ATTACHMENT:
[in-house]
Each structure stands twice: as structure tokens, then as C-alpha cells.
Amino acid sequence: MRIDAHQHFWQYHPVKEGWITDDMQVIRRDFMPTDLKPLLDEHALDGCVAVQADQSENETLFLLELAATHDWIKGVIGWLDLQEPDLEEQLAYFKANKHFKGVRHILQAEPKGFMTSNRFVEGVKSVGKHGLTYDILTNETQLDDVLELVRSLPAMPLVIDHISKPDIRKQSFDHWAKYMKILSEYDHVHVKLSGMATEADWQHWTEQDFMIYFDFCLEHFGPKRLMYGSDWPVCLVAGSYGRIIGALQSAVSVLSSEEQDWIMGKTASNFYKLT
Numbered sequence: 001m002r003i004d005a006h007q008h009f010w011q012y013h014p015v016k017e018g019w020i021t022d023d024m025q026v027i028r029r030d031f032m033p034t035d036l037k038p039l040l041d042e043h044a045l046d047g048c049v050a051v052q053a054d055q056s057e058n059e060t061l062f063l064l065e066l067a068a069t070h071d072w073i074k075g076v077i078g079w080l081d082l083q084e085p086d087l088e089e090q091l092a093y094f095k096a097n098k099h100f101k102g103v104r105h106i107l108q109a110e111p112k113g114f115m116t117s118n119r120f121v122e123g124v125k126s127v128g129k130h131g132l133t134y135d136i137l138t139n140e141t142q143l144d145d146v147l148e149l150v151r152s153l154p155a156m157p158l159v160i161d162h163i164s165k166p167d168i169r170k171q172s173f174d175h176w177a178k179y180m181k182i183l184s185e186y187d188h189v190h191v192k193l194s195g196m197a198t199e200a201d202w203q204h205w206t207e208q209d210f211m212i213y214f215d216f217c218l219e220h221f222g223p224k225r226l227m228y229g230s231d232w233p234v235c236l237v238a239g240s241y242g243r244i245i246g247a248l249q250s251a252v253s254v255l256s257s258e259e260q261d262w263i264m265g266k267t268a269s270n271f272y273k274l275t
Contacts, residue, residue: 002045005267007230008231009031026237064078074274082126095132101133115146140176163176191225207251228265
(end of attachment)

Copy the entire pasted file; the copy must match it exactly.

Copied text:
[in-house]
Each structure stands twice: as structure tokens, then as C-alpha cells.
Amino acid sequence: MRIDAHQHFWQYHPVKEGWITDDMQVIRRDFMPTDLKPLLDEHALDGCVAVQADQSENETLFLLELAATHDWIKGVIGWLDLQEPDLEEQLAYFKANKHFKGVRHILQAEPKGFMTSNRFVEGVKSVGKHGLTYDILTNETQLDDVLELVRSLPAMPLVIDHISKPDIRKQSFDHWAKYMKILSEYDHVHVKLSGMATEADWQHWTEQDFMIYFDFCLEHFGPKRLMYGSDWPVCLVAGSYGRIIGALQSAVSVLSSEEQDWIMGKTASNFYKLT
Numbered sequence: 001m002r003i004d005a006h007q008h009f010w011q012y013h014p015v016k017e018g019w020i021t022d023d024m025q026v027i028r029r030d031f032m033p034t035d036l037k038p039l040l041d042e043h044a045l046d047g048c049v050a051v052q053a054d055q056s057e058n059e060t061l062f063l064l065e066l067a068a069t070h071d072w073i074k075g076v077i078g079w080l081d082l083q084e085p086d087l088e089e090q091l092a093y094f095k096a097n098k099h100f101k102g103v104r105h106i107l108q109a110e111p112k113g114f115m116t117s118n119r120f121v122e123g124v125k126s127v128g129k130h131g132l133t134y135d136i137l138t139n140e141t142q143l144d145d146v147l148e149l150v151r152s153l154p155a156m157p158l159v160i161d162h163i164s165k166p167d168i169r170k171q172s173f174d175h176w177a178k179y180m181k182i183l184s185e186y187d188h189v190h191v192k193l194s195g196m197a198t199e200a201d202w203q204h205w206t207e208q209d210f211m212i213y214f215d216f217c218l219e220h221f222g223p224k225r226l227m228y229g230s231d232w233p234v235c236l237v238a239g240s241y242g243r244i245i246g247a248l249q250s251a252v253s254v255l256s257s258e259e260q261d262w263i264m265g266k267t268a269s270n271f272y273k274l275t
Contacts, residue, residue: 002045005267007230008231009031026237064078074274082126095132101133115146140176163176191225207251228265